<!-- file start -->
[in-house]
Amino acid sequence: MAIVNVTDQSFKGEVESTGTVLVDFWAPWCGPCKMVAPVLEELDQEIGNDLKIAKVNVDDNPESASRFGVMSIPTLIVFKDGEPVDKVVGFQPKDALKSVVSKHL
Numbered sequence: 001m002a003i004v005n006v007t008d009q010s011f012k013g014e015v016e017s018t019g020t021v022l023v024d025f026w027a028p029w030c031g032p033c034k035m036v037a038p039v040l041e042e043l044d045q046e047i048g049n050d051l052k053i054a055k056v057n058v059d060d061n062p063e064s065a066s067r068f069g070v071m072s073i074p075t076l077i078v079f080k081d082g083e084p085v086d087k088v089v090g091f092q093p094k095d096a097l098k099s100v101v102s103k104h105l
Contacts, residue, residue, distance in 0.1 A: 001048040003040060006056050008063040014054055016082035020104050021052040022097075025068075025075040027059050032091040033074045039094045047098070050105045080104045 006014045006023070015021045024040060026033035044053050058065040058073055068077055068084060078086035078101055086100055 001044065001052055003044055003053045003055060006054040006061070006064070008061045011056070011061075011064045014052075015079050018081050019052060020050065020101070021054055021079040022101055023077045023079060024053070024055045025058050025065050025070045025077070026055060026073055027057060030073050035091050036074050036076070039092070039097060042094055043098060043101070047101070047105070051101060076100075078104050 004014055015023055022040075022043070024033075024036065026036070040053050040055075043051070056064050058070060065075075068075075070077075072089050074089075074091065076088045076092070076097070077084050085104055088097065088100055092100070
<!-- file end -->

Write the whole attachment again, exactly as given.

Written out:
[in-house]
Amino acid sequence: MAIVNVTDQSFKGEVESTGTVLVDFWAPWCGPCKMVAPVLEELDQEIGNDLKIAKVNVDDNPESASRFGVMSIPTLIVFKDGEPVDKVVGFQPKDALKSVVSKHL
Numbered sequence: 001m002a003i004v005n006v007t008d009q010s011f012k013g014e015v016e017s018t019g020t021v022l023v024d025f026w027a028p029w030c031g032p033c034k035m036v037a038p039v040l041e042e043l044d045q046e047i048g049n050d051l052k053i054a055k056v057n058v059d060d061n062p063e064s065a066s067r068f069g070v071m072s073i074p075t076l077i078v079f080k081d082g083e084p085v086d087k088v089v090g091f092q093p094k095d096a097l098k099s100v101v102s103k104h105l
Contacts, residue, residue, distance in 0.1 A: 001048040003040060006056050008063040014054055016082035020104050021052040022097075025068075025075040027059050032091040033074045039094045047098070050105045080104045 006014045006023070015021045024040060026033035044053050058065040058073055068077055068084060078086035078101055086100055 001044065001052055003044055003053045003055060006054040006061070006064070008061045011056070011061075011064045014052075015079050018081050019052060020050065020101070021054055021079040022101055023077045023079060024053070024055045025058050025065050025070045025077070026055060026073055027057060030073050035091050036074050036076070039092070039097060042094055043098060043101070047101070047105070051101060076100075078104050 004014055015023055022040075022043070024033075024036065026036070040053050040055075043051070056064050058070060065075075068075075070077075072089050074089075074091065076088045076092070076097070077084050085104055088097065088100055092100070